‘Quiet Scourge’ of AIDS in African-American Communities Not Getting Enough Attention, Columnist Says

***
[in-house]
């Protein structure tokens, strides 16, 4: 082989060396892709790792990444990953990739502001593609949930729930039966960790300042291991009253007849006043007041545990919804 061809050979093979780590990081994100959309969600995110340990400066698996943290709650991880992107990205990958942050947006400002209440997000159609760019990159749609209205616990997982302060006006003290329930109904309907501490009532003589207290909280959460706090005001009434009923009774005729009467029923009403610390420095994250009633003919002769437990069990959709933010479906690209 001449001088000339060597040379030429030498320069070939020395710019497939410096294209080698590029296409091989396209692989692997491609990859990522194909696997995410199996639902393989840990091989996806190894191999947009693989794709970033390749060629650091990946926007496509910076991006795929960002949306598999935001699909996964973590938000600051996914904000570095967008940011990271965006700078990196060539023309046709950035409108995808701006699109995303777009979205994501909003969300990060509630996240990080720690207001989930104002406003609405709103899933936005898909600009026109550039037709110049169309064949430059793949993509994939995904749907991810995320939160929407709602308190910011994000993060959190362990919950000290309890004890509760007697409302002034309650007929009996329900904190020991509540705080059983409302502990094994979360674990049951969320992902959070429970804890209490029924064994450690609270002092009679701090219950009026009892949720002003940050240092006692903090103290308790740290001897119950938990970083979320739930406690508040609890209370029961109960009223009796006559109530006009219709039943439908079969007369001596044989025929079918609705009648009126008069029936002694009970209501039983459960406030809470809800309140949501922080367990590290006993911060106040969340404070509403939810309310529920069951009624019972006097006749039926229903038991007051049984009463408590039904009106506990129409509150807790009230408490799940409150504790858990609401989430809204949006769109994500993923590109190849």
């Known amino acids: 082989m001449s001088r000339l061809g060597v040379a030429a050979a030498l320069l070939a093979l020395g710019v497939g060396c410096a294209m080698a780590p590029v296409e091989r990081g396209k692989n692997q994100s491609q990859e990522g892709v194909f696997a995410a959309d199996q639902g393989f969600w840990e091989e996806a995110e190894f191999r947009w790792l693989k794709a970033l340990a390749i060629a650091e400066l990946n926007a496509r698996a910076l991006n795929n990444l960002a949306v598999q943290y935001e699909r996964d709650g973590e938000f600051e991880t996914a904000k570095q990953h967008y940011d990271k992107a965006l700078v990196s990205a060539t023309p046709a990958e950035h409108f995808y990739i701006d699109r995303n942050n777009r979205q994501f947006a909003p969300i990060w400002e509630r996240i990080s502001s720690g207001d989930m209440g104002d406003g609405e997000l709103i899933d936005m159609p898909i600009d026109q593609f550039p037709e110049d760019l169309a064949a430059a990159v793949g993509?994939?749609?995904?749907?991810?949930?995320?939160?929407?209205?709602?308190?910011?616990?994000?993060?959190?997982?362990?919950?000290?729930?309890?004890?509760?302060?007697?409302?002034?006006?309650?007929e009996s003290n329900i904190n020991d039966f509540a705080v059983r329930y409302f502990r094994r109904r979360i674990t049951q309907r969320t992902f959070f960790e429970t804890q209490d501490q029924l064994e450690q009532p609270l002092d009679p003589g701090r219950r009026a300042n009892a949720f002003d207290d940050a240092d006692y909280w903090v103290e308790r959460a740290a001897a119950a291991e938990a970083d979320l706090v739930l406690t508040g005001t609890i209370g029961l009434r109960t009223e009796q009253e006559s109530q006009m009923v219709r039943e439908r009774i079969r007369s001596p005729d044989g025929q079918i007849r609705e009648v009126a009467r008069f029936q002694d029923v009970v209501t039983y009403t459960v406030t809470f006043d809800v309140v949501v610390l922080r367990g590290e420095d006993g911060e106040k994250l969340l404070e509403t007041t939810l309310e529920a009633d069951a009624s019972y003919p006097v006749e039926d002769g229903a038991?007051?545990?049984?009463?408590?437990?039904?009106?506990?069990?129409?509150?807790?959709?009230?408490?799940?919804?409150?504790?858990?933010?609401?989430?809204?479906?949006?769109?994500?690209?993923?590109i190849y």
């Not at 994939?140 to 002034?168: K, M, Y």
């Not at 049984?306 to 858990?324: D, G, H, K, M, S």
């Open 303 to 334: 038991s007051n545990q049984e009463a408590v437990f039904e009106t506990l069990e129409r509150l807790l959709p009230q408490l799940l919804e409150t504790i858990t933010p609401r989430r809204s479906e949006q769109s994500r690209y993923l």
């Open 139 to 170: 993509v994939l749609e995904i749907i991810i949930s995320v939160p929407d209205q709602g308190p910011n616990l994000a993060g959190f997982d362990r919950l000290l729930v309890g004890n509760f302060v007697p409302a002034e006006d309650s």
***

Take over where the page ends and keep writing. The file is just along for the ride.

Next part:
"The AIDS virus is surging like a prairie fire through black communities in the United States," New York Times columnist Bob Herbert writes in his "In America" column. "Nothing less than a mighty chorus is needed to cope with this overwhelming tragedy," he says, adding it should be "a chorus comparable in its seriousness of purpose to the civil rights movement." AIDS has become the leading cause of death among African-American males ages 25 to 44, and the CDC now estimates that one in 50 black men is infected with HIV, according to Herbert. Black women are also being infected at a "frightening rate," he writes, as they account for 64% of all new infections among women. "Alarms should be clanging" nationwide, he continues, calling the "idea that black Americans would submit quietly to this level of devastation from AIDS ... repellent." Herbert notes that "myriad factors" contribute to the spread of HIV in the African-American community. He cites "widespread denial," partly because of the "powerful stigmas" attached to AIDS, IV drug use and homosexuality, as well as a lack of information about the disease, particularly among the youth who feel they are "invulnerable." Herbert notes that the high rate of other STDs among blacks has helped "fuel" the spread of HIV. Many blacks "lack access" to health information, preventive services and treatment "once they fall ill." Herbert concludes bThis is part of the KHN Morning Briefing, a summary of health policy coverage from major news organizations. Sign up for an email subscription.